I Got Them Poops Like Jagger (AKA She Poops In Mysterious Ways)
Posted by andnowicandiehappy
For a moment can we just sit and bask in the wonderousness of the word poop? Say it, how slowly the letters trickle out. Poooooooooooooooooooooooooooooooooooooooooooooooooooooooooooooooooooooooooooooooooooooooooooop.
Poop is also the word boob but upside down. (Visual proof: boob; poop.)
Sometimes when I’m singing along to a song in my car on the way to or home from work I like to inject other words into the lyrics (hence the title to this lil’ ole post o’ mine) or I just make farting sounds with my mouth that sound vaguely like the melody. I have a very boring drive.
Speaking of being bored, (Whoa! check out that transition! All thanks to my Ring of Movement. Grants me a +10 to my transition skill.) has anybody ever asked you this question: If you were stranded on a desert island, what one game would you want with you? Or they could replace game with book or movie or type of food. But for the moment let’s stay with what one game would you want with you if you were stranded (let’s assume forever) on a desert island.
I believe I have found my answer.
It’s not Final Fantasy VII, or Super Metroid, or Tetris, or World of Warcraft, or Perfect Dark. It isn’t a classic from my childhood like say, Duck Hunt or Super Mario Bros.
No friends, the one game I would want with me if I was stranded on a desert island is a little iOS game called Puzzle and Dragons.
Imagine, if you will, a game that involves the colored ball matching of Bejeweled, the dungeon exploration of your favorite old school rpg, and the monster collecting and battling of Pokemon. Mash all these wonderful things together and you get Gung Ho’s marvelous little mobile game Puzzle and Dragons.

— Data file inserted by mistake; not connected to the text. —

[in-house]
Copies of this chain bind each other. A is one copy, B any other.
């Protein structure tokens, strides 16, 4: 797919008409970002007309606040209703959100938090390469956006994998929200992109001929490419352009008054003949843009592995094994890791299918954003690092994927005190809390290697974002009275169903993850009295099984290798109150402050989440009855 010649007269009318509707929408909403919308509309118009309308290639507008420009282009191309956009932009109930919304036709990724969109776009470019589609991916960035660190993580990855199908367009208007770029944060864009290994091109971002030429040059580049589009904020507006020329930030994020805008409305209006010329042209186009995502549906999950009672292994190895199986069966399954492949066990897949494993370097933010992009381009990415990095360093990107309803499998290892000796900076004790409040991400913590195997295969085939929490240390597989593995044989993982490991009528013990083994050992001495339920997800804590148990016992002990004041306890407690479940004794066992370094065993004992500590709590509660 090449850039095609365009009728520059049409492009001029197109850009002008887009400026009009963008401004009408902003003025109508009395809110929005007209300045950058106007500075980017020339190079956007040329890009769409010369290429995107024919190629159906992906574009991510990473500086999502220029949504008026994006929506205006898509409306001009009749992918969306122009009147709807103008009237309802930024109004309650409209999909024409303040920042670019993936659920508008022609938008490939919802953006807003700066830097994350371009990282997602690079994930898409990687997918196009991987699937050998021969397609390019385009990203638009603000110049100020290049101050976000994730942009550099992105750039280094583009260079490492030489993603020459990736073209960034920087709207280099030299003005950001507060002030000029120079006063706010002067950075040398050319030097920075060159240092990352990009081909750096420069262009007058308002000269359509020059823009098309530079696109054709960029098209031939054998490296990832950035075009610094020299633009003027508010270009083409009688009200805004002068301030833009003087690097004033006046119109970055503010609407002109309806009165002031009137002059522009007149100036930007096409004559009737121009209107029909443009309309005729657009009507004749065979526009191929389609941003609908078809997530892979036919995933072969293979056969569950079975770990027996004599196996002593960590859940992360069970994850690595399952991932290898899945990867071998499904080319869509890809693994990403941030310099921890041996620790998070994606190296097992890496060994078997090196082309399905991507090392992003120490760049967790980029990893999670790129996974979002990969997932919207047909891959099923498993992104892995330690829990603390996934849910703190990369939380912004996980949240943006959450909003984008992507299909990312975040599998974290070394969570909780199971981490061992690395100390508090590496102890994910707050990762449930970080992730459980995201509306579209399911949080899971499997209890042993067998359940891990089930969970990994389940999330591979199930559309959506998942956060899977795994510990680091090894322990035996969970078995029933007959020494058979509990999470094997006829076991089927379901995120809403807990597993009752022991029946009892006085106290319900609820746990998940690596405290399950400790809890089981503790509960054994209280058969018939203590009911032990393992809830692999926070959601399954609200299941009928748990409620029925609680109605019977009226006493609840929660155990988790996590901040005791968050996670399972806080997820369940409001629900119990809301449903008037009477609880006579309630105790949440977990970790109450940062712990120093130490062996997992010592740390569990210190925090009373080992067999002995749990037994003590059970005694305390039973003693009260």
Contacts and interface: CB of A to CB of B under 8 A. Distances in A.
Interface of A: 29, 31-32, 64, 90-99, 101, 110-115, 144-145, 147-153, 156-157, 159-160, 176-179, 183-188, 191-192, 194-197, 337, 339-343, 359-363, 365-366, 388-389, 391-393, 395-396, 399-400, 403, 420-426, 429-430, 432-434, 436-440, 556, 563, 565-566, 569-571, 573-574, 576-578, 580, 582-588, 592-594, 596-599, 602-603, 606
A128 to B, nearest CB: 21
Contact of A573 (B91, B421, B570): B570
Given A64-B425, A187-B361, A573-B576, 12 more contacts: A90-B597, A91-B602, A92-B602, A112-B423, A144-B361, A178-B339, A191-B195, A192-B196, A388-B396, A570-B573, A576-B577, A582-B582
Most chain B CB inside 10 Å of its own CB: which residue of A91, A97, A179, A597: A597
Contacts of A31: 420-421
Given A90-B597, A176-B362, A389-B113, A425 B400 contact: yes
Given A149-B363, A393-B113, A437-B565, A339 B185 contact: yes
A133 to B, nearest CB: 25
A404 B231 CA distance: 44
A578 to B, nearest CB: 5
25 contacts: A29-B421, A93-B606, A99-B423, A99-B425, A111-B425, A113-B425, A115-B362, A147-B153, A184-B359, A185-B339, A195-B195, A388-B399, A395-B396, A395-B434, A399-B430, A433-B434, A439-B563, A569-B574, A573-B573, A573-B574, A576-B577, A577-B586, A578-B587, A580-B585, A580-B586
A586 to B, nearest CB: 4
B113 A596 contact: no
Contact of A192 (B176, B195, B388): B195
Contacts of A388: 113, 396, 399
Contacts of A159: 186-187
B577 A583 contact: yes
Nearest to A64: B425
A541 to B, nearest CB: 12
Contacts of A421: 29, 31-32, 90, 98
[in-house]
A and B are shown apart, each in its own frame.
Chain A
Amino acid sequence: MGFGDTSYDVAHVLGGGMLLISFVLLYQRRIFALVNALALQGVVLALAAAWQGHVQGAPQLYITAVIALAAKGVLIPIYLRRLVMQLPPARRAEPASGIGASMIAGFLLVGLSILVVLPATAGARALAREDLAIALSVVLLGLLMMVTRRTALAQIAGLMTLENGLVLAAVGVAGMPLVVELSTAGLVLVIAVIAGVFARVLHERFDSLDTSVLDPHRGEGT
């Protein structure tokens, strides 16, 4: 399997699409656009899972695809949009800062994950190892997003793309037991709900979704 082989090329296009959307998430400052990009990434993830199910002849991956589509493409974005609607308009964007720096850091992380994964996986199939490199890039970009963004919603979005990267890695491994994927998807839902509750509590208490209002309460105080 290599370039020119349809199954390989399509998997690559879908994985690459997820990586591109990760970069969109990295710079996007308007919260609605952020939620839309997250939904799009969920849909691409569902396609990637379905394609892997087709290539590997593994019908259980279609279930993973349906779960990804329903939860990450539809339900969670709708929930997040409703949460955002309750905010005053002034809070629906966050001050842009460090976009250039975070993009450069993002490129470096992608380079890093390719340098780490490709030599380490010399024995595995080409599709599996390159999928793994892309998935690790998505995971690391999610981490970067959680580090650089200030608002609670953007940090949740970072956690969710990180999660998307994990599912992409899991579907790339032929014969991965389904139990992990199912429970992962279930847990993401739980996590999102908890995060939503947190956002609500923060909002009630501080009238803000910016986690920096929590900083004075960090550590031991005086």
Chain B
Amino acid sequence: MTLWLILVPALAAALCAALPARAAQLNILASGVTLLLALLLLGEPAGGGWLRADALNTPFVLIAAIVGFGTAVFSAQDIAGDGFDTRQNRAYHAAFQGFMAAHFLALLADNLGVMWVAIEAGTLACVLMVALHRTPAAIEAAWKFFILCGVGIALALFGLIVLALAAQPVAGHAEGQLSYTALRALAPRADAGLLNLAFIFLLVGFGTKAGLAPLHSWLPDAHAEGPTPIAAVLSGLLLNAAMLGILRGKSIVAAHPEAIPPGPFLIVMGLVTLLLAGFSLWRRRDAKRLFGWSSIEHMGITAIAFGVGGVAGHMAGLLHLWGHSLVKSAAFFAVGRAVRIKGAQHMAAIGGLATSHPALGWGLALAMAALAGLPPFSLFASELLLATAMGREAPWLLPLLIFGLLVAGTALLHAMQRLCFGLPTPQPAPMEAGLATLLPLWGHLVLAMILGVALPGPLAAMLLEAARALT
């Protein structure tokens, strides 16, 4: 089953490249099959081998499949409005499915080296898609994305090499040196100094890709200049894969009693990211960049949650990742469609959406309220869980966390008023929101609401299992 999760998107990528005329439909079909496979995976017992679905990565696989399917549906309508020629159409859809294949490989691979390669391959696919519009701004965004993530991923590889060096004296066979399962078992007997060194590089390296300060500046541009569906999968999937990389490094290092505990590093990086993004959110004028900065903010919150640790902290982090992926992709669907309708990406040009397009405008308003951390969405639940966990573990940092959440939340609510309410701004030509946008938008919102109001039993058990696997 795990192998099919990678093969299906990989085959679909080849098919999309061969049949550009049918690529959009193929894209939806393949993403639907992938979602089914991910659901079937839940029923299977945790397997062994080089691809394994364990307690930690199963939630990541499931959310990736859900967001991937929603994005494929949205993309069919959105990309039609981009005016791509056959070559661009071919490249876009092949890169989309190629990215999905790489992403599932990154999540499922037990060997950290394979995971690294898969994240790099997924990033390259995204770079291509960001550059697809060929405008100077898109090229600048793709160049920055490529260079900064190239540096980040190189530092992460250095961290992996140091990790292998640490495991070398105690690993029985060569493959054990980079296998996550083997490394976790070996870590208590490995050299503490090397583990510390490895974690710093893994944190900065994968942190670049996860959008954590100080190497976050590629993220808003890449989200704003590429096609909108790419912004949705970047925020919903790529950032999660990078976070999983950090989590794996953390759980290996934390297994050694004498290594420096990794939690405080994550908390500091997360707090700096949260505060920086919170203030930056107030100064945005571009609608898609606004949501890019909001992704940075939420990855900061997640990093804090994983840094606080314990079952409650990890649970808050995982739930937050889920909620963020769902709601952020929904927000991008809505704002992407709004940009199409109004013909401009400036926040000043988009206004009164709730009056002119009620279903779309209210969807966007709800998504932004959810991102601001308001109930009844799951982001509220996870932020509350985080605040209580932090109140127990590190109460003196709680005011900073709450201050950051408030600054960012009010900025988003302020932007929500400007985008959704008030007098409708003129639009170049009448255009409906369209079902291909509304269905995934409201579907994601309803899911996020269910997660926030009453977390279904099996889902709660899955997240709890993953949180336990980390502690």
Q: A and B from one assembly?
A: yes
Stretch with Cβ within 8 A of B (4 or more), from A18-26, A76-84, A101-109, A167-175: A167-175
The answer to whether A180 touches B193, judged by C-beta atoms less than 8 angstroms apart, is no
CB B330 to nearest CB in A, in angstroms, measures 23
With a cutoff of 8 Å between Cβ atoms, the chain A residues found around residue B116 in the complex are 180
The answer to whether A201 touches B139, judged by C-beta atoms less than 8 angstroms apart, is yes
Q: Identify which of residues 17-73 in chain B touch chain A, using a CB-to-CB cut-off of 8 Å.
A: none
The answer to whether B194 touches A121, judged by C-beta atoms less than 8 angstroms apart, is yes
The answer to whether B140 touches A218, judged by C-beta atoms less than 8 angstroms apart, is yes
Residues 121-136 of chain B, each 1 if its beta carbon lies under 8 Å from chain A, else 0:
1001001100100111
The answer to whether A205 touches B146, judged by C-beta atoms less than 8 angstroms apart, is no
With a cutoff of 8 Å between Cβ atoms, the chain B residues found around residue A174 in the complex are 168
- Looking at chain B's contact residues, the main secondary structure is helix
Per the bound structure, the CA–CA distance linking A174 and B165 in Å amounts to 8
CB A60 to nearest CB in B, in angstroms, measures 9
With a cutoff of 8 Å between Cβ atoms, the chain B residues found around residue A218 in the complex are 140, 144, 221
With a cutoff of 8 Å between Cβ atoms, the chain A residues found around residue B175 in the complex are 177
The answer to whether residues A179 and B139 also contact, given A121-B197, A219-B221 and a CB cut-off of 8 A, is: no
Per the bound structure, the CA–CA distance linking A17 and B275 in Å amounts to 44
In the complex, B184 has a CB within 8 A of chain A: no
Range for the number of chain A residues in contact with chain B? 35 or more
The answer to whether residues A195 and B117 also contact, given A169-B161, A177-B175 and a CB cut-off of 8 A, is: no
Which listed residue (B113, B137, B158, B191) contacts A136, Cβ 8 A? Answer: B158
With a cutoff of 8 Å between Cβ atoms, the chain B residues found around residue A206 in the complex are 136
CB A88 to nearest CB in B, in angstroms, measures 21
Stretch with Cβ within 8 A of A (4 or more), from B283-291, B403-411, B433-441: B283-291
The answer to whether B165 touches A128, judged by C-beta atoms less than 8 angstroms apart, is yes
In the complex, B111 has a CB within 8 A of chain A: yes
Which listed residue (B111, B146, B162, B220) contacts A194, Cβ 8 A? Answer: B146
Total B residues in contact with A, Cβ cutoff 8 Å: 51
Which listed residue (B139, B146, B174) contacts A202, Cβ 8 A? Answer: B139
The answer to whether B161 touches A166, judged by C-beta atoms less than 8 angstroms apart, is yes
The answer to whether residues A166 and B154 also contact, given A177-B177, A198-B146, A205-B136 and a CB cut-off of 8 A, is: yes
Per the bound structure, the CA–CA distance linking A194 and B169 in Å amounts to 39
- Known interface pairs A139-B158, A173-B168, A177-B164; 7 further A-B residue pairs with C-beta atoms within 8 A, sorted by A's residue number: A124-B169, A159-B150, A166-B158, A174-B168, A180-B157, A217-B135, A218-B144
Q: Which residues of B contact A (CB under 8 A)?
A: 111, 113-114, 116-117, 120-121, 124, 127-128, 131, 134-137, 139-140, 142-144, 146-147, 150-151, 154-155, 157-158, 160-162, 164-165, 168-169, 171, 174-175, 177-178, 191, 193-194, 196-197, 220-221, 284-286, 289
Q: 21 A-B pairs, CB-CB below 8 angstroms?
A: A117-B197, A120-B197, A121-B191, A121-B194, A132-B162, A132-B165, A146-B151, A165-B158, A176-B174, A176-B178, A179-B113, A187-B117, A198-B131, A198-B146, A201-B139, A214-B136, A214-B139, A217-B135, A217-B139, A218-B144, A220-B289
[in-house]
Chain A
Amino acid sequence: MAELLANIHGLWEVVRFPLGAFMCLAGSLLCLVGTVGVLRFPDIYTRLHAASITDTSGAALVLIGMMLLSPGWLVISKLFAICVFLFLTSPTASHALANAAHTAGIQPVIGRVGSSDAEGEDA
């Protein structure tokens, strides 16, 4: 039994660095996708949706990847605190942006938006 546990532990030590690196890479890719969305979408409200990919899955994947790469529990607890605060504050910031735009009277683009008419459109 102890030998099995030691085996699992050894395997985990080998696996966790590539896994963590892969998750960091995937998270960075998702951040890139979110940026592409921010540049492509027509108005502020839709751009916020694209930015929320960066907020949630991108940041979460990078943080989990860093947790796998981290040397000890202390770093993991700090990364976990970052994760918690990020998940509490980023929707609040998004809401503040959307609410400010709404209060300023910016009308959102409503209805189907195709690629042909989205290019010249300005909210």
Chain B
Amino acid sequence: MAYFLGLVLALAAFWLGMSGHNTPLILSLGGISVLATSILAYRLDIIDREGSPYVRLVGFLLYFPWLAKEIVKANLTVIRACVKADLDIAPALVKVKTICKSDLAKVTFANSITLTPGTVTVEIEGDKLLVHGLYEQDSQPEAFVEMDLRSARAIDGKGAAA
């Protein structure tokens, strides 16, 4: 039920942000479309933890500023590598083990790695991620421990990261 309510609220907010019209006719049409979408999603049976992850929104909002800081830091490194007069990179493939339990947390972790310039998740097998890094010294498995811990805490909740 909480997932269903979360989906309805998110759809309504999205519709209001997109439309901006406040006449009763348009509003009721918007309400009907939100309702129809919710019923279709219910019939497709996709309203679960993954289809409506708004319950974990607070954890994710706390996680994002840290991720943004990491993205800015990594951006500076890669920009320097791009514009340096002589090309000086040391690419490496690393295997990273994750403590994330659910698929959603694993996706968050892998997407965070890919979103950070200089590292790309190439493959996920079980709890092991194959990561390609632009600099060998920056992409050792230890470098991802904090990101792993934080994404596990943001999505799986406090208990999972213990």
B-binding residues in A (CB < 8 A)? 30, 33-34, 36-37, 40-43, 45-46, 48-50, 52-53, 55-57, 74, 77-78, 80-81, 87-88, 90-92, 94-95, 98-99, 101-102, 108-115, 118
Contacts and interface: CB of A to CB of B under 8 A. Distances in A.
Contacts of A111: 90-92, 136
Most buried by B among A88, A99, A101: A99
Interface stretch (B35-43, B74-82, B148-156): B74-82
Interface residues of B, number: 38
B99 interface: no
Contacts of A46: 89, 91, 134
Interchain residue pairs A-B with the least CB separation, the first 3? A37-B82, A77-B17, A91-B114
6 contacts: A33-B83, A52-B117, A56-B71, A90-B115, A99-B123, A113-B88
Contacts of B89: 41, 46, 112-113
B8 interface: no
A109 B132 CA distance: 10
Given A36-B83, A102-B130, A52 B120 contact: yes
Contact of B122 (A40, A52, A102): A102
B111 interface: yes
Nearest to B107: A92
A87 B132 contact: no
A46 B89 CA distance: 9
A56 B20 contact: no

The game is “freemium”, which means it is free to download and offers players a marketplace where they can purchase additional items to buy new monsters or increase the number of monsters they can hold. Lately it seems like the term “freemium” has become a dirty word, a way to identify games created by companies for the sole purpose of making money (companies can’t make money, bah!). Of developing addictive games that can only be fully experienced by shelling out immense amounts of cash. Perhaps you’ve heard horror stories of young children who’ve spent thousands of dollars on these games, to their parent’s shock.
Puzzle and Dragons, surprisingly, made me feel shitty for having enjoyed an experience so much without paying anything for that enjoyment and fun. Yes, you can go through Puzzle and Dragons without spending any money, and you are free and encouraged to do so. But it is so well crafted and supported, the company gives away enough free magic stones that you never really have to buy any, that after a month of free play I said to myself, you deserve my money Gung Ho, thank you. And I bought five bucks worth of magic stones and got a new monster.
You are rewarded for logging in every day, the game does require access to the internet to connect to the P&D servers which is maybe the only complaint I have with the game, it can’t be played offline. Almost every week there is some kind of special event going on, like a special thank you for reaching 20,000 likes on their Facebook page.
What makes Puzzle and Dragons so special, you know, because it had better be special since it’s the one game I’d want with me on a desert island, is it doesn’t let me get bored with overplaying. The game limits play by burdening players with a stamina bar. Every dungeon you explore has a stamina cost to play and once your stamina bar is depleted you can’t play anymore. The good news is that your stamina bar slowly builds back up over time, but it’s at a snail-like one stamina every ten minutes. Meaning you can’t play all day, and since the game itself is fun and challenging and strategic and goal orientated, you will want to play all day despite the game telling you in pop-up messages to Limit Your Play To An Hour A Day (bullshit). It’s an appreciated move by the developers, to give me a game that won’t eat away at my life despite my attempts to allow the game to do the opposite. By not letting me play all day, the time that I do get with the game feels special and unique.
So go, play, lose yourself, just be careful. There is a reason this game makes $3.75 million a day. The compulsion to drop major coin is all too real.
Stay poopy my friends.